President says Serbia can afford alternatives to Russian fuel
Serbia’s President Aleksandar Vucic said the country’s finances were resilient enough to secure alternatives to Russian energy to tackle supply shortages expected over coming months.
The Balkan country is heavily dependent on Russian oil and gas, which have been disrupted following the Ukraine war and the imposition of sanctions on Moscow by the European Union, which Serbia is seeking to join.
Vuciv said Serbia was seeking fuel supplies wherever it could.
“We have to pay the price of the war on European soil,” he said, but added the people would not suffer as the nation’s financial system could cope.
“We will be taking Iraq (oil), ... I will try to speak with Venezuela as well. We would take from wherever. We are not squeamish,” Vucic said.
Serbia also plans to purchase gas from Azerbaijan in 2023 and has increased the amount of gas it holds in storage to the highest level yet.
Vucic said the country has enough gas in storage for 60 days, using domestic facilities and rented storage in neighbouring Hungary here.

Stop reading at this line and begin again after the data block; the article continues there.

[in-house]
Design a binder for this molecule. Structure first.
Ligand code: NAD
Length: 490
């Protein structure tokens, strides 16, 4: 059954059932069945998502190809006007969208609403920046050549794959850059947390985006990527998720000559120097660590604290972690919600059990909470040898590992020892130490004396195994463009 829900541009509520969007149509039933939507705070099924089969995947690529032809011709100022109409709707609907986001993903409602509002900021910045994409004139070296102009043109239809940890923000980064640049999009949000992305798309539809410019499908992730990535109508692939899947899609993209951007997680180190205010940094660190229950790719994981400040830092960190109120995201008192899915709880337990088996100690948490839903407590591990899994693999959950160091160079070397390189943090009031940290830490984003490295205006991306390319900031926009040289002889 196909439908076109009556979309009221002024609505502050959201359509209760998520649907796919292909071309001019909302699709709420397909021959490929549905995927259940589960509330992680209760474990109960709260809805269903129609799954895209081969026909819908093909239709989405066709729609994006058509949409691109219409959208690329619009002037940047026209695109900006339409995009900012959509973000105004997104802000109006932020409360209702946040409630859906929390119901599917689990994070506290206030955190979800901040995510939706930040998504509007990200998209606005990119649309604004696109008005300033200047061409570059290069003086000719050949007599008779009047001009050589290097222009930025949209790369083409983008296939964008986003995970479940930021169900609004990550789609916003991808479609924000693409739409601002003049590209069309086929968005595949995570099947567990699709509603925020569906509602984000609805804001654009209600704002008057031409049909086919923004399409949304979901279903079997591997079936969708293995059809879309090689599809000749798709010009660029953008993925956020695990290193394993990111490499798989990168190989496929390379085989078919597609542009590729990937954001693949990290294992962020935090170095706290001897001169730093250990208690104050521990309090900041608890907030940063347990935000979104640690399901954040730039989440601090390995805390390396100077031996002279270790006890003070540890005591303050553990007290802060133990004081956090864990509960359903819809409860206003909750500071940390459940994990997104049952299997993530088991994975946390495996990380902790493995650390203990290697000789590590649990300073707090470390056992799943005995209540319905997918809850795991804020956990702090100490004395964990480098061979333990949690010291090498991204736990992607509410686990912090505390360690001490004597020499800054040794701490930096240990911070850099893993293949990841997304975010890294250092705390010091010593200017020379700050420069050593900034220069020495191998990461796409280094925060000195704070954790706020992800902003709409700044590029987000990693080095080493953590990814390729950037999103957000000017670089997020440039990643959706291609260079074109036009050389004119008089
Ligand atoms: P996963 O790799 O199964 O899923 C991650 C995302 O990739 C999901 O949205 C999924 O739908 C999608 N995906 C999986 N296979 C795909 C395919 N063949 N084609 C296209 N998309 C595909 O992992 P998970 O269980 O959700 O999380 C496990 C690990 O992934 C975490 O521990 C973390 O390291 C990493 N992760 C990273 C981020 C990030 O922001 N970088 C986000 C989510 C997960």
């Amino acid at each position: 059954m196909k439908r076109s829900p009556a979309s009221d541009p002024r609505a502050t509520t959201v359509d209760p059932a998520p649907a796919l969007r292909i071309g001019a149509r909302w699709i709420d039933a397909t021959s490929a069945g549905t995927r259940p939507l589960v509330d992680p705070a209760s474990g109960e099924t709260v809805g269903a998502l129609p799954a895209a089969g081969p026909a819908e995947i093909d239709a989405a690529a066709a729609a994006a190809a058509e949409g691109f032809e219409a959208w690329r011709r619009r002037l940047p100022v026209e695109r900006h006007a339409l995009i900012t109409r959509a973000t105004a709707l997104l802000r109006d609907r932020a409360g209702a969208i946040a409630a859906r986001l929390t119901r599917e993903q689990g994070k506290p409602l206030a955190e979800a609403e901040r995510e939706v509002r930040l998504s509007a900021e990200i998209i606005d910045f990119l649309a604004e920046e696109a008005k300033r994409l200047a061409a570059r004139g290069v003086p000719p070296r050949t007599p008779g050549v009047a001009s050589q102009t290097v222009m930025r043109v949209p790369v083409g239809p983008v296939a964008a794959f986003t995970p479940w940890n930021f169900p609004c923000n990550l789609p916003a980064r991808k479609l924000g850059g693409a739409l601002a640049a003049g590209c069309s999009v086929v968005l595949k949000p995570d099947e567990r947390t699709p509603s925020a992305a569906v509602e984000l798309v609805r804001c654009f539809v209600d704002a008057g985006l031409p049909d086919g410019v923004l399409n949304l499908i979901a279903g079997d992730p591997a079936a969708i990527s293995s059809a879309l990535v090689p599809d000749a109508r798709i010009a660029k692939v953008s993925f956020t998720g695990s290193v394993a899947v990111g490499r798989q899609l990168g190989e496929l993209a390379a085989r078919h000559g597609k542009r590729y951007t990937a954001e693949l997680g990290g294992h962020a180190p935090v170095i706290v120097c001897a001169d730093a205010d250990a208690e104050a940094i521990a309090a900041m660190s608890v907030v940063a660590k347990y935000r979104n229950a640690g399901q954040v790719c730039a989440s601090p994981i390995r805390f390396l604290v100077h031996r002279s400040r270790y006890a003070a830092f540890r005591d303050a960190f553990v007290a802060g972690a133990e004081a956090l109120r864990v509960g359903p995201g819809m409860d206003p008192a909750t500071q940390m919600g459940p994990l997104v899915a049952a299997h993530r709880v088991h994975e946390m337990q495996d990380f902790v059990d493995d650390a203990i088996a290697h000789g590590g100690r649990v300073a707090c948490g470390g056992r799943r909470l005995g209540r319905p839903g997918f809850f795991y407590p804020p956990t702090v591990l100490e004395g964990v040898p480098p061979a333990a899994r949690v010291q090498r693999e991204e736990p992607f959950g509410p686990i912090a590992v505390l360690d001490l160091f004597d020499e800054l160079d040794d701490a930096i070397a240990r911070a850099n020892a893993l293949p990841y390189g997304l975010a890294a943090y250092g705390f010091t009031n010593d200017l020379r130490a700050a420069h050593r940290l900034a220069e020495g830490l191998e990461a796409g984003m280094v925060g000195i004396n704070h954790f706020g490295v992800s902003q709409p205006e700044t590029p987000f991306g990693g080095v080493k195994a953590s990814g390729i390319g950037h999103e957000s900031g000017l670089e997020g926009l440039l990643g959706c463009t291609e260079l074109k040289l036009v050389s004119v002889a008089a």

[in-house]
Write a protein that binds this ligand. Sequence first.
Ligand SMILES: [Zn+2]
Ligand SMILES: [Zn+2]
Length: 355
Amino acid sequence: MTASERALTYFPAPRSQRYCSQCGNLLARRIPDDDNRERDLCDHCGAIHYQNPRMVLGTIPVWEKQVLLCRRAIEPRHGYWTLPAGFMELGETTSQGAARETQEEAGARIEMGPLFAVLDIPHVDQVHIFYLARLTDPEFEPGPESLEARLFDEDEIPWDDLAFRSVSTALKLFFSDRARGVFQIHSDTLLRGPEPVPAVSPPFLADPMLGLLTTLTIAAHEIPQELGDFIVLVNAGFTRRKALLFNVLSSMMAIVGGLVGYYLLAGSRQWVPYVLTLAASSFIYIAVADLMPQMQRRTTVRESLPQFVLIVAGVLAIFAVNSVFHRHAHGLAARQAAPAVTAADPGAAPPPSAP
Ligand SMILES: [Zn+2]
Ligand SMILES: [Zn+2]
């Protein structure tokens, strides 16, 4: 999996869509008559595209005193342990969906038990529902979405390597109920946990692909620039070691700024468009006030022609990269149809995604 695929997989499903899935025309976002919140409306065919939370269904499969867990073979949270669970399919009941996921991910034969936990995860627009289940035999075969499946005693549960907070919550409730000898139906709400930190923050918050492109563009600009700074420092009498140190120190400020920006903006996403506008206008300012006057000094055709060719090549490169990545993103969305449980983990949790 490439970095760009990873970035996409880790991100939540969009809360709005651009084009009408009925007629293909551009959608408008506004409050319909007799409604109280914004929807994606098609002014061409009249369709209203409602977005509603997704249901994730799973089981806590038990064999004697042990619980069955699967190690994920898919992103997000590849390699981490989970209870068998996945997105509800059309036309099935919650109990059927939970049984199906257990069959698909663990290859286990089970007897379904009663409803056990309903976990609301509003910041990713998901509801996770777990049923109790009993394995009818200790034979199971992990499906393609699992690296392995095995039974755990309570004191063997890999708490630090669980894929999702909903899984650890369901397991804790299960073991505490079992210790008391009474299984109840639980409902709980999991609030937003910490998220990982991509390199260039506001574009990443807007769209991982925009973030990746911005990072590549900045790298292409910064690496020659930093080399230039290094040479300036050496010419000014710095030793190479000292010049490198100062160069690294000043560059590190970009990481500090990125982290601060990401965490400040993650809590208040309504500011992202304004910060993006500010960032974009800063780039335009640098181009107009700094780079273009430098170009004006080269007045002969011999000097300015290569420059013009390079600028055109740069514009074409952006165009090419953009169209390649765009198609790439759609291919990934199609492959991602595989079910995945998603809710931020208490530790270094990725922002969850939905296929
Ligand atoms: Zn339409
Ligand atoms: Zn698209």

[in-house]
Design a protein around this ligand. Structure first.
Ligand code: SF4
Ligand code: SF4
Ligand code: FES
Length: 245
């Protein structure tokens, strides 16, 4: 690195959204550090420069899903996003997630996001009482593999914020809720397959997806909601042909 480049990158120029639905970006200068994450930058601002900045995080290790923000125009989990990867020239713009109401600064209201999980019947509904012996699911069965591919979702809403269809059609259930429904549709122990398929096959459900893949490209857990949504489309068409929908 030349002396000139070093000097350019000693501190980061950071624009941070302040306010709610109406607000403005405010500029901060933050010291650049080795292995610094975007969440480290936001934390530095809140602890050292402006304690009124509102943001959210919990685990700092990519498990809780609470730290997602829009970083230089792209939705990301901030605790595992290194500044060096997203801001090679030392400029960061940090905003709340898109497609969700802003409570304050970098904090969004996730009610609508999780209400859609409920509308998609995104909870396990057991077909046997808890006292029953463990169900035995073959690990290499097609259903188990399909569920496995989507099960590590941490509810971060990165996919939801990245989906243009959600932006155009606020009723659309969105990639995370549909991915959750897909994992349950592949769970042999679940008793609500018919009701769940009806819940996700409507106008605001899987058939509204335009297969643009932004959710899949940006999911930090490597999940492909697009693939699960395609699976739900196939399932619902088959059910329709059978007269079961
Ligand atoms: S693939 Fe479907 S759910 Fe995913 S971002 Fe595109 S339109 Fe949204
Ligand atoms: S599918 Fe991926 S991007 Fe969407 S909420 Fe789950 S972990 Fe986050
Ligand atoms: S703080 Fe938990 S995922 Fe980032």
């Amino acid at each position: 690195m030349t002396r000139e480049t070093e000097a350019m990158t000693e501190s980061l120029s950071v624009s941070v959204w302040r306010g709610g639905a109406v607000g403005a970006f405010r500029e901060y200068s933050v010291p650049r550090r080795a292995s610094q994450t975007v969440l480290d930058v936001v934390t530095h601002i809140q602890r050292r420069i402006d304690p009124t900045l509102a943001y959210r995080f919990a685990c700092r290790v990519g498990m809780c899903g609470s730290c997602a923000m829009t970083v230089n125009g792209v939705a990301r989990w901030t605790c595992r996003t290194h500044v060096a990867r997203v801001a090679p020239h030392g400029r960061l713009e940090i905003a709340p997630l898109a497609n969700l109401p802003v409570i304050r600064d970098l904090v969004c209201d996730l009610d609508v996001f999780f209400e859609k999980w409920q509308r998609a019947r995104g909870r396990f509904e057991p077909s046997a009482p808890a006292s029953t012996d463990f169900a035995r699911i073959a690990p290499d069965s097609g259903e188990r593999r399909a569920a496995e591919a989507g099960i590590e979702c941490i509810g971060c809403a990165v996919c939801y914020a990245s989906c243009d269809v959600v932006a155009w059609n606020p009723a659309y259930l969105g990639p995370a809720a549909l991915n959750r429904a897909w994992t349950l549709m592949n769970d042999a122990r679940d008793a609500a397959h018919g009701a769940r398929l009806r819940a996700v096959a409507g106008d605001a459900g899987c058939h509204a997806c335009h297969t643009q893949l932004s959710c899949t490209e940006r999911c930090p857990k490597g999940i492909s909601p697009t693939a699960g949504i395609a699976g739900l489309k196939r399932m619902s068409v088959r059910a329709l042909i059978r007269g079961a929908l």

“There’s already 607 million cubic metres of gas (there), which means if you are consuming it in winter ... you can get ... 10 million cubic metres per day, or over 60 days,” he said in an interview in Belgrade.
Serbia also needs to purchase additional coal for its thermal power plants, which provide almost 70% of the country’s electricity.
Vucic said Serbia was seeking to buy around 2 million tonnes from as far as China and Indonesia and that it had the money to do so.
Serbia’s gross domestic product was expected to grow by around 4% this year, he said.
Inflation, however, is high, largely because of the rise in fuel prices linked to Russia’s invasion of Ukraine, begun on Feb. 24.
The Central Bank said Serbian inflation was 12.8% in July, up from 11.9% in June.